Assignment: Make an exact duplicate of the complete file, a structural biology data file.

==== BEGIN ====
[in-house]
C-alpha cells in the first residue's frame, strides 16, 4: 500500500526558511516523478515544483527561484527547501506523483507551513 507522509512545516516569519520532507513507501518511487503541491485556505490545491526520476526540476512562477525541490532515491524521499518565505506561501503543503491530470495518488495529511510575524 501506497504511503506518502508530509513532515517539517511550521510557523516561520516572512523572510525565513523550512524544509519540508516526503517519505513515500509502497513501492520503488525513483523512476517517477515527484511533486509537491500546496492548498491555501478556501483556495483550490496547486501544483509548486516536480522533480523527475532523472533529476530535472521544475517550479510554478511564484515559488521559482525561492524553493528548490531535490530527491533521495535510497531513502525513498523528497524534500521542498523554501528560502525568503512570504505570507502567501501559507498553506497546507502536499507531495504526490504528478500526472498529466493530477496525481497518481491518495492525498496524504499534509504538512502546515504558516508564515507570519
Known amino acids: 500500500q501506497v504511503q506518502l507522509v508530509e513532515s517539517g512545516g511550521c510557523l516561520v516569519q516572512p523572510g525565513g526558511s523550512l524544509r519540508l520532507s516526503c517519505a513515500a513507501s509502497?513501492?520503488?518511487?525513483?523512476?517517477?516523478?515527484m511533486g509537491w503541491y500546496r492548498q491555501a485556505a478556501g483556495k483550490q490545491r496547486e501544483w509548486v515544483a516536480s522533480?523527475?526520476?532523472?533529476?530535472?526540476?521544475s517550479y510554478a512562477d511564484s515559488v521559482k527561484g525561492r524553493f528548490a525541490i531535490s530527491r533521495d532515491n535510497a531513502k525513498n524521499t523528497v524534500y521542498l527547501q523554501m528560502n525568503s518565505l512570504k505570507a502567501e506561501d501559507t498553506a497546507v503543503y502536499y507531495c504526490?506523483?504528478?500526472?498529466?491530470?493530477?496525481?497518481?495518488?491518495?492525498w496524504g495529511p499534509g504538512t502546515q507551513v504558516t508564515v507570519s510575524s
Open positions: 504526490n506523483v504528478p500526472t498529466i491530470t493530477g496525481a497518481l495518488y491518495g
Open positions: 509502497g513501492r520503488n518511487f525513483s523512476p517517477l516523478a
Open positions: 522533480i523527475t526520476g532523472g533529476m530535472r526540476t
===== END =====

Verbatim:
[in-house]
C-alpha cells in the first residue's frame, strides 16, 4: 500500500526558511516523478515544483527561484527547501506523483507551513 507522509512545516516569519520532507513507501518511487503541491485556505490545491526520476526540476512562477525541490532515491524521499518565505506561501503543503491530470495518488495529511510575524 501506497504511503506518502508530509513532515517539517511550521510557523516561520516572512523572510525565513523550512524544509519540508516526503517519505513515500509502497513501492520503488525513483523512476517517477515527484511533486509537491500546496492548498491555501478556501483556495483550490496547486501544483509548486516536480522533480523527475532523472533529476530535472521544475517550479510554478511564484515559488521559482525561492524553493528548490531535490530527491533521495535510497531513502525513498523528497524534500521542498523554501528560502525568503512570504505570507502567501501559507498553506497546507502536499507531495504526490504528478500526472498529466493530477496525481497518481491518495492525498496524504499534509504538512502546515504558516508564515507570519
Known amino acids: 500500500q501506497v504511503q506518502l507522509v508530509e513532515s517539517g512545516g511550521c510557523l516561520v516569519q516572512p523572510g525565513g526558511s523550512l524544509r519540508l520532507s516526503c517519505a513515500a513507501s509502497?513501492?520503488?518511487?525513483?523512476?517517477?516523478?515527484m511533486g509537491w503541491y500546496r492548498q491555501a485556505a478556501g483556495k483550490q490545491r496547486e501544483w509548486v515544483a516536480s522533480?523527475?526520476?532523472?533529476?530535472?526540476?521544475s517550479y510554478a512562477d511564484s515559488v521559482k527561484g525561492r524553493f528548490a525541490i531535490s530527491r533521495d532515491n535510497a531513502k525513498n524521499t523528497v524534500y521542498l527547501q523554501m528560502n525568503s518565505l512570504k505570507a502567501e506561501d501559507t498553506a497546507v503543503y502536499y507531495c504526490?506523483?504528478?500526472?498529466?491530470?493530477?496525481?497518481?495518488?491518495?492525498w496524504g495529511p499534509g504538512t502546515q507551513v504558516t508564515v507570519s510575524s
Open positions: 504526490n506523483v504528478p500526472t498529466i491530470t493530477g496525481a497518481l495518488y491518495g
Open positions: 509502497g513501492r520503488n518511487f525513483s523512476p517517477l516523478a
Open positions: 522533480i523527475t526520476g532523472g533529476m530535472r526540476t